A Solidarity Lens in Response to the SFFA v. Harvard Ruling
By Madison Trice
In June, the U.S. Supreme Court’s Students for Fair Admissions (SFFA) v. Harvard College ruling held that affirmative action violates the Fourteenth Amendment’s Equal Protection Clause. The decision claims that considering race in holistic admissions is a “zero-sum game…where students compete for a finite number of seats in each school’s entering class,” and that any additional acknowledgment of race will necessarily hurt one race while helping another. This perspective doesn’t reflect the ways that holistic admissions functions. Holistic admissions allow colleges to take race into account as one of many factors that could shape a student’s lived experience. Race is not a positive factor for one race and a negative factor for another. Holistic admissions can intentionally be broadly applied, allowing all students of color to be helped.
Eliminating holistic admissions while preserving legacy admissions won’t just result in a dramatically reduced presence of students of color on campus. This move will also protect advantages conferred on white students. Yet this aspect of the ruling has received less attention.
The retention of legacy admissions, and the advantages they confer, are never negotiated in the fixed pie of opportunity that people of color must compete for. The zero-sum equation is incomplete if systemic advantages to whiteness—white generational wealth, white educational attrition and legacy—are not viewed as a part of the problem. Rather than responding to and reinforcing the confines of a systemically racist educational and economic system, solidarity directs us to this truth: the greater access there is for any underrepresented group, the more all people of color, and the nation as a whole, stand to benefit.
The movement for holistic admissions reflected this truth. I was a witness for the SFFA vs. Harvard trial in the Massachusetts Supreme Court. The people who showed up on the side of holistic admissions were racially diverse. They represented the diversity of my campus, of our home. In preparing for the trial, I saw student organizers from all racial communities on campus: Asian, white, Indigenous, Black, and Latino. Though I received support from my community outside of the trial itself, with Black students bringing me gifts of food hugs and emotional support, most of the students who testified in favor of affirmative action were Asian American. My lawyers were Black American and Asian American. At a rally before the Supreme Court building before the verdict, an Asian American alum and I spoke about the importance of holistic admissions. The image SFFA has presented of affirmative action opposition is predominantly Asian American. In fact, 69 percent of Asian American voters support better access to higher education for women and all communities of color. Behind the scenes, the leaders of SFFA have been white. Prior cases have argued that white students were disadvantaged by affirmative action, as with the University of Texas case in 2016. Anti-affirmative action advocates may have shifted their strategy in SFFA v. Harvard, but the heart of the case is the same: white, rich, powerful people pitting Black, Asian, and Latino students against one another for the sake of limiting people of color’s collective access to education.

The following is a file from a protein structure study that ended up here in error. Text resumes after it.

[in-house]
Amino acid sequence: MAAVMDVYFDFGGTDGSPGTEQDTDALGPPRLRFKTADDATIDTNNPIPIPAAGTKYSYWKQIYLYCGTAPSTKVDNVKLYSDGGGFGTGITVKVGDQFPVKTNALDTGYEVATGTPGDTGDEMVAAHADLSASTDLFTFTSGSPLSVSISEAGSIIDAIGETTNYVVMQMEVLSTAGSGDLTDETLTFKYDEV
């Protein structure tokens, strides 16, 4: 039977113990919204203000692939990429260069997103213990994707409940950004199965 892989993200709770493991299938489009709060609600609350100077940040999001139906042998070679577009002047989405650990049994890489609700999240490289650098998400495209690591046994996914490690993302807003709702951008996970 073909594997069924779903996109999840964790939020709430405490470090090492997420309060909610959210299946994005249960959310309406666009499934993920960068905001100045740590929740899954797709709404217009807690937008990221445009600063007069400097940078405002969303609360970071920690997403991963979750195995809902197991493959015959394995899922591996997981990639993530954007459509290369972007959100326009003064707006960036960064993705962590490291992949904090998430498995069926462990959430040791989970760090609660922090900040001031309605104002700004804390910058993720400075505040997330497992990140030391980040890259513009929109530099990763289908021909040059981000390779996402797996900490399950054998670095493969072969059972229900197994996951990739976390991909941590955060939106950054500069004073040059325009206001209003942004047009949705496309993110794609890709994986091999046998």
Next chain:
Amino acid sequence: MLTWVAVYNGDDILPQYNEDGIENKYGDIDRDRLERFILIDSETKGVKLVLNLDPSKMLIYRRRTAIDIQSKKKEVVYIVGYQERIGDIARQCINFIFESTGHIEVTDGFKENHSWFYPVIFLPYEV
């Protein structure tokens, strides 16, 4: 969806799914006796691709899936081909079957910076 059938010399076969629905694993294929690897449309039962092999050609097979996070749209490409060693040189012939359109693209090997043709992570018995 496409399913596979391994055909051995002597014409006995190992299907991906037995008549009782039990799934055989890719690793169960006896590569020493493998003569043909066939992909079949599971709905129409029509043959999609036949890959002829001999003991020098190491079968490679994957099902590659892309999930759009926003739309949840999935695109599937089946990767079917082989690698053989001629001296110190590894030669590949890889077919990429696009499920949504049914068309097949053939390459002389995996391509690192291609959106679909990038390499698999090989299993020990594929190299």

The Supreme Court’s ruling neglects the potential educational and sociocultural detriments caused by a lack of diversity in higher education. I have been in spaces that were severely lacking in diversity. My time at Harvard, and at CLASP, have been beautiful because both spaces are so diverse. When police brutality occurred on campus, Black students were able to mobilize for change with a diverse cross-section of other students. Conversely, at my very wealthy, predominantly white private high school in the Southwest, affinity groups of color were actively prohibited from forming spaces to meet together. This is because my high school—like the Supreme Court, SFFA, and Ed Blum (the legal activist and founder of SFFA)—recognized that there is power in solidarity and diversity, and that power scared them. That power is limited when people of color aren’t able to be educated in diverse spaces and build coalitions that will widen the paths of opportunity for those who follow.
Using the power of coalition building and solidarity is the best way to secure a diverse future for higher education in spite of the Supreme Court’s ruling. For instance, students at UC Berkeley have mobilized with the student organization Bridges, using their manpower to focus on recruiting students of color in their capacity as individuals. Our policies must respond by reinforcing the importance of colleges providing spaces for students to articulate and be valued for their diverse experiences in the application process and on campuses. Policy must refuse to engage with the fixed-pie fallacy and instead carve out a broader path to economic and educational opportunity for people of color.
I would like to extend a special acknowledgment to our Emerson Hunger Fellow, Landy Lin, who helped with this blog.